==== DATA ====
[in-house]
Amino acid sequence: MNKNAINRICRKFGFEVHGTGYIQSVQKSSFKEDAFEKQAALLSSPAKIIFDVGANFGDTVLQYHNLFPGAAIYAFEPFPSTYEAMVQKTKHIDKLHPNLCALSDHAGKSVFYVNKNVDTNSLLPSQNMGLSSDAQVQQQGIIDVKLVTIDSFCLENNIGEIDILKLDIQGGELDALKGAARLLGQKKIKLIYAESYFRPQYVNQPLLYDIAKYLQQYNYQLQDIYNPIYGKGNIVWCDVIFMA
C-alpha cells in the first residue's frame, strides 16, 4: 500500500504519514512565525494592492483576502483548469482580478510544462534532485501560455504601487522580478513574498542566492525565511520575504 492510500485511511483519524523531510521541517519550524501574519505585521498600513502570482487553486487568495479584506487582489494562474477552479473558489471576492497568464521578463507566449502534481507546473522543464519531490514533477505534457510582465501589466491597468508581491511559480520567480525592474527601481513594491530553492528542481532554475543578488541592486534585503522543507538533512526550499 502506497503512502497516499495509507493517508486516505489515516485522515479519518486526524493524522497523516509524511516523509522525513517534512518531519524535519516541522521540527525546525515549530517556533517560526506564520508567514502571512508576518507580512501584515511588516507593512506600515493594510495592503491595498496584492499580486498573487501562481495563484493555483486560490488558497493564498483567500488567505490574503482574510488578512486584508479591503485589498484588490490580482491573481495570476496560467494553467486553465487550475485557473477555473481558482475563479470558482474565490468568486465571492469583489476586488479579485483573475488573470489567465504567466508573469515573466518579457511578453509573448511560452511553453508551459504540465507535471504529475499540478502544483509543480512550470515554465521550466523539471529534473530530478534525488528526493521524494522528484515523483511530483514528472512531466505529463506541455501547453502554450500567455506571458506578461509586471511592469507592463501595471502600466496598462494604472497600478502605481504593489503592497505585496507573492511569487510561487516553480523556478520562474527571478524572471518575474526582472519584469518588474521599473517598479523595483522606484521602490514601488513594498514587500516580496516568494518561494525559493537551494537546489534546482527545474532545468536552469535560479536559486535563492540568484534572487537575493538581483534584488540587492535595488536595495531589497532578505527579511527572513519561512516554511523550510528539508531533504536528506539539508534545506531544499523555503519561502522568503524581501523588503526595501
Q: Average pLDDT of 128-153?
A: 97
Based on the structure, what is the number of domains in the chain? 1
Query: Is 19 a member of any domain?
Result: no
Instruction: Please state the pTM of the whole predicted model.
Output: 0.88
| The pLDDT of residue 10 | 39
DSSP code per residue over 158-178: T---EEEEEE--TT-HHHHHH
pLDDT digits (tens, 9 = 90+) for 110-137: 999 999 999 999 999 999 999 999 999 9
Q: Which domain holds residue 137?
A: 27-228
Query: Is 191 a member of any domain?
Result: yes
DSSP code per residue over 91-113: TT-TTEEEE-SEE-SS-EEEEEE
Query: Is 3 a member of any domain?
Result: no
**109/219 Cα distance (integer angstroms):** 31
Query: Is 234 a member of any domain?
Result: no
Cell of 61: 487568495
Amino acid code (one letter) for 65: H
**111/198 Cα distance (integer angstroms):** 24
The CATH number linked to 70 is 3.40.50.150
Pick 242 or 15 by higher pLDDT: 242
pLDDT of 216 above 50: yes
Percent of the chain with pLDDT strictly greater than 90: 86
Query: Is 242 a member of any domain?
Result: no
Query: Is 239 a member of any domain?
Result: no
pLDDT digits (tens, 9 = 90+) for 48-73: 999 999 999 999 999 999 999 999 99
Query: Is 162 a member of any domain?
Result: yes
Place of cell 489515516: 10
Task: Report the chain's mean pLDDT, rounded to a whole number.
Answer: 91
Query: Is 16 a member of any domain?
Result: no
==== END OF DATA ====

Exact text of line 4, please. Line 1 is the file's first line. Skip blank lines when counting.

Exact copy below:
Q: Average pLDDT of 128-153?